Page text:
“Featured Book” archives

Jan 28 2015

Larry Siems and Nancy Hollander on Guantánamo Diary by Mohamedou Ould Slahi

GUESTS: Larry Siems, is the editor of ‘Guantánamo Diary’ by Mohamedou Ould Slahi. Nancy Hollander represents Mr. Slahi’s as his criminal defense lawyer at Guantánamo Bay Naval Base.

It has been thirteen and a half years since Mohamedou Ould Slahi, a Mauritanian national, has been in US custody. Much of his detention has been at the US-run prison camp in Guantánamo, Cuba. Mr. Slahi was first picked up by Mauritanian …

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Jan 27 2015

Once Upon a Revolution: An Egyptian Story

GUEST: Thanassis Cambanis, contributor to the New York Times, Boston Globe, and other publications. He is a fellow at the Century Foundation in New York City, but lives in Beirut, Lebanon. His latest book is called Once Upon a Revolution: An Egyptian Story.

Nearly two dozen protesters were killed and about a hundred injured on Sunday during commemorations of Egypt’s 2011 revolution that toppled long-time dictator Hosni Mubarak. A number …

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Jan 26 2015

Social Security Works! Why Social Security isn’t going Broke and How Expanding It Will Help Us All

GUEST: Eric Kingson, professor of Social Work at Syracuse University, writes about the politics and economics of aging. Together with his co-author Nancy Altman, he founded Social Security Works, which is the title of their book together. He is also the co-chair of the Strengthen Social Security Coalition.

Republican lawmakers in their first days in Congress as the majority party immediately enacted a rule change that would prohibit the transfer of …

7 responses so far

Jan 16 2015

Reef Libre: An In-Depth Look at Cuban Exceptionalism and the Last, Best Reefs in the World

GUEST: Robert Wintner, aka Snorkel Bob, is the author of Reef Libre: An In-Depth Look at Cuban Exceptionalism and the Last, Best Reefs in the World. He also has a short film out by the same name and earlier books include Some Fishes I Have Known.

Keeping his word on relaxing the Cuba embargo, President Obama announced yesterday that travel and trade restrictions between the US and Cuba would be significantly eased. The move …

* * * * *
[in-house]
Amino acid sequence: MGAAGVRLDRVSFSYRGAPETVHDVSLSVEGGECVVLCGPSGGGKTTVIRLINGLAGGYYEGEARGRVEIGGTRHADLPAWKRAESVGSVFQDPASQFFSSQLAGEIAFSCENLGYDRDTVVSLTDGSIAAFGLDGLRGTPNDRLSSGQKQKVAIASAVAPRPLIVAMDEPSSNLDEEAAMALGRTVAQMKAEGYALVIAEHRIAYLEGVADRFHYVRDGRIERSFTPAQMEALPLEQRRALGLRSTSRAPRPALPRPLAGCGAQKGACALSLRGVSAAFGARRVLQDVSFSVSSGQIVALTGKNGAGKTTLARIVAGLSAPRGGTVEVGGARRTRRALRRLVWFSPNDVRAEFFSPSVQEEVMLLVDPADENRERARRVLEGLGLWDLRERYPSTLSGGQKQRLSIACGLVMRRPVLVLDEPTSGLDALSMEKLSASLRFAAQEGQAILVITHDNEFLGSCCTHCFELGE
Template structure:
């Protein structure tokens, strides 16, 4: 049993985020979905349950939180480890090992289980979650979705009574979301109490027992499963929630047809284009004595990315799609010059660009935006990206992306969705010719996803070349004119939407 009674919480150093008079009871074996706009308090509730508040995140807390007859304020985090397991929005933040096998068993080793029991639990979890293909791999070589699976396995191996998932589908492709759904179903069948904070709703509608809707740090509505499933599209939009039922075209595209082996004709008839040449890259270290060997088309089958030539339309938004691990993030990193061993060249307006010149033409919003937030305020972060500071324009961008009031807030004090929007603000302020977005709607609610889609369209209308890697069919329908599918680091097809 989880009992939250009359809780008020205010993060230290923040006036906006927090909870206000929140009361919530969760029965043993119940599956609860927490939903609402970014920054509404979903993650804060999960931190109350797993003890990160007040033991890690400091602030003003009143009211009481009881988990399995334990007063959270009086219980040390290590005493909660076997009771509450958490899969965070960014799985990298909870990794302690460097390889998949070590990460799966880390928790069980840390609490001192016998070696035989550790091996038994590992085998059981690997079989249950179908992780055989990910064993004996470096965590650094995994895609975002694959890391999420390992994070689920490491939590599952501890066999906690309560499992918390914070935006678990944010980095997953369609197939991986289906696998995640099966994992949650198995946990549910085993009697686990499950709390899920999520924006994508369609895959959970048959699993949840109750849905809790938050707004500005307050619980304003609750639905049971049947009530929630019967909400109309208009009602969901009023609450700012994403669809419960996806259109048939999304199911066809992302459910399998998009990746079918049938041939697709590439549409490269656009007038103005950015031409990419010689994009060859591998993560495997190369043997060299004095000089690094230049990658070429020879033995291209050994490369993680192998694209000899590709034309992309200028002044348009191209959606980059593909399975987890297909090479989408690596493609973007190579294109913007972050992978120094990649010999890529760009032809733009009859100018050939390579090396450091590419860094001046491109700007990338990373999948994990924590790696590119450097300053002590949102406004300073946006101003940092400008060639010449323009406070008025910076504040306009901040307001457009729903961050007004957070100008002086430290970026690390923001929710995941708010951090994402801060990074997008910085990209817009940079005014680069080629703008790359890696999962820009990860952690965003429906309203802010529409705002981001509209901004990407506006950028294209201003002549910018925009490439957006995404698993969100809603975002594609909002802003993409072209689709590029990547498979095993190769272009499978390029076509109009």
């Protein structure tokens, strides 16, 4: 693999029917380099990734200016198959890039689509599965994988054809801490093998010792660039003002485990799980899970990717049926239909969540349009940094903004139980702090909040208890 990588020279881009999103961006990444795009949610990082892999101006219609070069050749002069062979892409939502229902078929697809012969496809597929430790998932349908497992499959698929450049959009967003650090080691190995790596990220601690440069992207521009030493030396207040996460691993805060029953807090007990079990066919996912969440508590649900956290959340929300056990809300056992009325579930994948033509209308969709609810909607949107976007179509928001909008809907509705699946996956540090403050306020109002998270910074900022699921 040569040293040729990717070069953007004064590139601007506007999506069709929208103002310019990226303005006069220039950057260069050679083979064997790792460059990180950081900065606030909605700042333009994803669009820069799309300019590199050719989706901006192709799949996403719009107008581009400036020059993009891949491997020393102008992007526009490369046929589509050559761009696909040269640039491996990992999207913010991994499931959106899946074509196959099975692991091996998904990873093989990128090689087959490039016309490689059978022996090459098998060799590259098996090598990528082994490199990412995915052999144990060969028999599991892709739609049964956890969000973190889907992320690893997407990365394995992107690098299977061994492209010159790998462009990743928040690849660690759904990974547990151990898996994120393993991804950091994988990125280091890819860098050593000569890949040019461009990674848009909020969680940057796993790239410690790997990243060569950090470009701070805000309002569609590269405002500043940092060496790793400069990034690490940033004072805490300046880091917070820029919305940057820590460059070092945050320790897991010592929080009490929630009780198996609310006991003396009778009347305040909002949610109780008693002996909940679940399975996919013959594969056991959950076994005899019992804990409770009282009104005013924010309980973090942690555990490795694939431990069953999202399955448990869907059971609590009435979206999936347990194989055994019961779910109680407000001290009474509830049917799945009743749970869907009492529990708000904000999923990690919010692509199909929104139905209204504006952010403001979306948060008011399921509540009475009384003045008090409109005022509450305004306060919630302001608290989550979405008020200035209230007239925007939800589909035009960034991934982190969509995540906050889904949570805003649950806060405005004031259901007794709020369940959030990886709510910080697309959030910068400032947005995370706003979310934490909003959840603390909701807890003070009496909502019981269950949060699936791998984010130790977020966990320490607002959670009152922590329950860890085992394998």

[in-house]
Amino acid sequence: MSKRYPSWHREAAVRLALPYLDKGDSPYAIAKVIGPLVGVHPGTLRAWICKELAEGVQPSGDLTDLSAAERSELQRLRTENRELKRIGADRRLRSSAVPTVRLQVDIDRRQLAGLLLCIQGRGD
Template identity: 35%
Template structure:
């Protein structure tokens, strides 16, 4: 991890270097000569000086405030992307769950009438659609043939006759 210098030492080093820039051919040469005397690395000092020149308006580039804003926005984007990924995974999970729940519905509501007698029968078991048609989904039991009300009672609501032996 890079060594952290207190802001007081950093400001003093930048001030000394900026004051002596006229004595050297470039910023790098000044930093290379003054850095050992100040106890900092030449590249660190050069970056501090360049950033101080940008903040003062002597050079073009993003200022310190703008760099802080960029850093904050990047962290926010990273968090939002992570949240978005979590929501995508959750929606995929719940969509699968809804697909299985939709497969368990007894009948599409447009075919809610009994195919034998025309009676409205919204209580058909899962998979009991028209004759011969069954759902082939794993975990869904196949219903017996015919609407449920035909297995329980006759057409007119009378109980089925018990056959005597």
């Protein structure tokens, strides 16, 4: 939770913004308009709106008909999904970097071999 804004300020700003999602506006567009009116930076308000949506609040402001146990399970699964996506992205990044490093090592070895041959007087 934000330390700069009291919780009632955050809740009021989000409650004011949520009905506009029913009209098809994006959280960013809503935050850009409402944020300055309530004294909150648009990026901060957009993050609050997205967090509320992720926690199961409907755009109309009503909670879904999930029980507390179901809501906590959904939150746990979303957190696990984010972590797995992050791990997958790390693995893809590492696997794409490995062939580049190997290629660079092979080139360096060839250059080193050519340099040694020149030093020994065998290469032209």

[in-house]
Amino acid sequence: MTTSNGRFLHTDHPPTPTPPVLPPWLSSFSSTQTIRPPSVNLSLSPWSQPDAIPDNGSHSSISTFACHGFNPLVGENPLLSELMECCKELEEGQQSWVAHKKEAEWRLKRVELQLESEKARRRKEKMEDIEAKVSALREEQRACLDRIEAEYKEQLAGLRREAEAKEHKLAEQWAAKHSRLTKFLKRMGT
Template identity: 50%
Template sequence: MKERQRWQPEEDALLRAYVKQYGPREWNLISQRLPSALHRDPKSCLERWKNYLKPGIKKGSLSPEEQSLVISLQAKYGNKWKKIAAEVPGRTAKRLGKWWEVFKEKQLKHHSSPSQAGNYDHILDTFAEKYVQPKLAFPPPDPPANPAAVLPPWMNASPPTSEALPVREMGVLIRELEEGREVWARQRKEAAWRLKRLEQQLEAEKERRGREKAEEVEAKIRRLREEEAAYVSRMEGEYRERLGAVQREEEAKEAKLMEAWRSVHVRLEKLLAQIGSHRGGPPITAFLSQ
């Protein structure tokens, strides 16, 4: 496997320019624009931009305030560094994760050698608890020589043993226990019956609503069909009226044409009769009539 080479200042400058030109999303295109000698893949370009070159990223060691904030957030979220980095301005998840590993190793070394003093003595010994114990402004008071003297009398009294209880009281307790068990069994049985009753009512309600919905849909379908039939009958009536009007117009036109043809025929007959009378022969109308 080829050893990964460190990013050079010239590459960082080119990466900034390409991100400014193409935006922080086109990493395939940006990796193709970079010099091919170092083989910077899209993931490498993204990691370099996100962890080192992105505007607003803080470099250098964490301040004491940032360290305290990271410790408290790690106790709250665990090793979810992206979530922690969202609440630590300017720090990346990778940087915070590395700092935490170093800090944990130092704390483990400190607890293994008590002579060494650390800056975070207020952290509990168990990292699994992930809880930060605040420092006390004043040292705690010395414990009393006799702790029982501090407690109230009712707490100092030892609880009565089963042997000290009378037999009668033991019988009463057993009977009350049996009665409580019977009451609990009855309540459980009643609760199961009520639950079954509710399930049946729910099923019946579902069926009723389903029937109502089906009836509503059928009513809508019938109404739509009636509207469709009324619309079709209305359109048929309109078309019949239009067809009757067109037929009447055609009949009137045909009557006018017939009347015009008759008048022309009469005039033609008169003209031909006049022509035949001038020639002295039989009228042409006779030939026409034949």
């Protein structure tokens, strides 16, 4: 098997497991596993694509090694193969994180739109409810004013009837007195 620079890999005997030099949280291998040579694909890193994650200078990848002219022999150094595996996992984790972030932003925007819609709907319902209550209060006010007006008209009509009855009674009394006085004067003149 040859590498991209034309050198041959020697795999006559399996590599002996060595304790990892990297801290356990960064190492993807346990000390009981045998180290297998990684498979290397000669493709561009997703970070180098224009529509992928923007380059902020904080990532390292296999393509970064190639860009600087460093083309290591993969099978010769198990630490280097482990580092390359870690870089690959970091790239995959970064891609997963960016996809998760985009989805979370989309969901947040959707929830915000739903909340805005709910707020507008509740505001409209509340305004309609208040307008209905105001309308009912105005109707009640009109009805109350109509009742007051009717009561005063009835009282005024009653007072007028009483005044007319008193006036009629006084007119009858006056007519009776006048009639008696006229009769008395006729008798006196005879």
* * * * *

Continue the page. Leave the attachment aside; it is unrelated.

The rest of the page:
One response so far

Jan 15 2015

Digital Rebellion: The Birth of the Cyber Left

GUEST: Todd Wolfson, author of the book Digital Rebellion: The Birth of the Cyber Left.

The rise of the internet has been a game changer for political activism. With the ability to instantly communicate with one another, set up meetings, share lots of information quickly, publish images and videos, and focus public attention on important issues political organizing has become more efficient and more creative. Millions of people all over the world now rely on online …

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Jan 13 2015

Culture Crash: The Killing of the Creative Class

Scott Timberg is a former arts reporter for the Los Angeles Times writing on music and culture, blogger, journalist, and adjunct writing professor. His new book is called Culture Crash: The Killing of the Creative Class.

We live in an era when independent bookstores and record stores are so rare they’re akin to an endangered species. And yet, books are more plentiful than ever with online monopolies making them easily available. So many newspapers have …

2 responses so far

Jan 12 2015

The Political Classroom: Evidence and Ethics in Democratic Education

GUEST: Paula McAvoy, a philosopher of education, and an Associate Program Officer at the Spencer Foundation. She is the co-author with Diana E. Hess, of The Political Classroom: Evidence and Ethics in Democratic Education.

The White House unveiled a major plan on Thursday entitled America’s College Promise which, if passed, would allow millions of college students around the country to have access to free or nearly free higher education at community colleges. President Obama said, …

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Jan 07 2015

An African Perspective on Racial Justice in the US

The United States is facing its biggest domestic challenge in recent years with the organized and sustained activism by Black Americans against police violence and institutional racism. Every day there is either news of shootings of unarmed African Americans by police, or reports of sustained activism against it. How does all this appear to the rest of the world?

Alain Mabanckou, author and academic, joins us now to offer a small glimpse of how he, …

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Jan 05 2015

Chasing the Scream: The First and Last Days of the War on Drugs

By almost all accounts, the US’s so-called War on Drugs, has been a miserable failure. Aside from failing to address the causes of addiction, the war has disproportionately targeted poor people and people of color, who fill up our absurdly large prisons. On the border with Mexico, it has unleashed a horribly violent war, empowering traffickers and armed militias. Now, a new book by an unlikely writer attempts to cast light on the obscure historical …

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Jan 02 2015

America’s Battle for Media Democracy: The Triumph of Corporate Libertarianism and the Future of Media Reform

Tom Wheeler, the chairman of the Federal Communications Commission, is expected to unveil his decision on the crucial issue of “net neutrality,” within the next few weeks. The decision is fraught with controversy after Wheeler proposed a two tier system last year that would create an unequal playing field on the internet, provoking outrage from consumers and corporations.

Today’s media is dominated by online consumption. We turn to the internet for our print news, to …

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